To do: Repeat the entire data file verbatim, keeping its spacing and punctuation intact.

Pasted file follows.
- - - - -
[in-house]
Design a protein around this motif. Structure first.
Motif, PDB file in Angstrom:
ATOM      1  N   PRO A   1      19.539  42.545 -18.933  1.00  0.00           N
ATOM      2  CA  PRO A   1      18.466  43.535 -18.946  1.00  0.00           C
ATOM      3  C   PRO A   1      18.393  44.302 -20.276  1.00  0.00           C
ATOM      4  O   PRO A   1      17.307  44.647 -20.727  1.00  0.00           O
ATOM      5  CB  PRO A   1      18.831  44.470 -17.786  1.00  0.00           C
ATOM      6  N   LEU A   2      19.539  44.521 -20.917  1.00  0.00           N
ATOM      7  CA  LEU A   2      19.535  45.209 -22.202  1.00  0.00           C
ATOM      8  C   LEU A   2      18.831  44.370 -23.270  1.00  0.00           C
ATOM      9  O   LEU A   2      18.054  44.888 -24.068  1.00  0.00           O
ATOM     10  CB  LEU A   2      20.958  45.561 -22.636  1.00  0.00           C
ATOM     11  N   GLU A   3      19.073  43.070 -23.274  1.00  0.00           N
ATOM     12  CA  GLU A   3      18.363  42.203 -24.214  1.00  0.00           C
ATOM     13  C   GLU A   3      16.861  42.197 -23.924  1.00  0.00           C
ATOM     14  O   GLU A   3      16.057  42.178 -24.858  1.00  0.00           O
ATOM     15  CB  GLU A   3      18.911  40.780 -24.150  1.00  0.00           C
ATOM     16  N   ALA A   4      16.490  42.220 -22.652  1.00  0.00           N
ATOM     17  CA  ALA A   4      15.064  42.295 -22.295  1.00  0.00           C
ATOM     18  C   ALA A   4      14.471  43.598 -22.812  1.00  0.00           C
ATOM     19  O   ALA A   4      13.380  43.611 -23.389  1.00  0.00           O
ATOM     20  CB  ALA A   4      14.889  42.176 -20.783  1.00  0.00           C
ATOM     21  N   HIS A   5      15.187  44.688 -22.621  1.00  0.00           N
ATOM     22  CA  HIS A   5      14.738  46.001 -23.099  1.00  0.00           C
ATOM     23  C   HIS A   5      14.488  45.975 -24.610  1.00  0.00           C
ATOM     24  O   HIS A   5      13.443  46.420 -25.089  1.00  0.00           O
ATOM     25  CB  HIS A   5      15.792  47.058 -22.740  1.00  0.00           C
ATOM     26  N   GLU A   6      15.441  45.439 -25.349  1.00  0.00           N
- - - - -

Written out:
[in-house]
Design a protein around this motif. Structure first.
Motif, PDB file in Angstrom:
ATOM      1  N   PRO A   1      19.539  42.545 -18.933  1.00  0.00           N
ATOM      2  CA  PRO A   1      18.466  43.535 -18.946  1.00  0.00           C
ATOM      3  C   PRO A   1      18.393  44.302 -20.276  1.00  0.00           C
ATOM      4  O   PRO A   1      17.307  44.647 -20.727  1.00  0.00           O
ATOM      5  CB  PRO A   1      18.831  44.470 -17.786  1.00  0.00           C
ATOM      6  N   LEU A   2      19.539  44.521 -20.917  1.00  0.00           N
ATOM      7  CA  LEU A   2      19.535  45.209 -22.202  1.00  0.00           C
ATOM      8  C   LEU A   2      18.831  44.370 -23.270  1.00  0.00           C
ATOM      9  O   LEU A   2      18.054  44.888 -24.068  1.00  0.00           O
ATOM     10  CB  LEU A   2      20.958  45.561 -22.636  1.00  0.00           C
ATOM     11  N   GLU A   3      19.073  43.070 -23.274  1.00  0.00           N
ATOM     12  CA  GLU A   3      18.363  42.203 -24.214  1.00  0.00           C
ATOM     13  C   GLU A   3      16.861  42.197 -23.924  1.00  0.00           C
ATOM     14  O   GLU A   3      16.057  42.178 -24.858  1.00  0.00           O
ATOM     15  CB  GLU A   3      18.911  40.780 -24.150  1.00  0.00           C
ATOM     16  N   ALA A   4      16.490  42.220 -22.652  1.00  0.00           N
ATOM     17  CA  ALA A   4      15.064  42.295 -22.295  1.00  0.00           C
ATOM     18  C   ALA A   4      14.471  43.598 -22.812  1.00  0.00           C
ATOM     19  O   ALA A   4      13.380  43.611 -23.389  1.00  0.00           O
ATOM     20  CB  ALA A   4      14.889  42.176 -20.783  1.00  0.00           C
ATOM     21  N   HIS A   5      15.187  44.688 -22.621  1.00  0.00           N
ATOM     22  CA  HIS A   5      14.738  46.001 -23.099  1.00  0.00           C
ATOM     23  C   HIS A   5      14.488  45.975 -24.610  1.00  0.00           C
ATOM     24  O   HIS A   5      13.443  46.420 -25.089  1.00  0.00           O
ATOM     25  CB  HIS A   5      15.792  47.058 -22.740  1.00  0.00           C
ATOM     26  N   GLU A   6      15.441  45.439 -25.349  1.00  0.00           N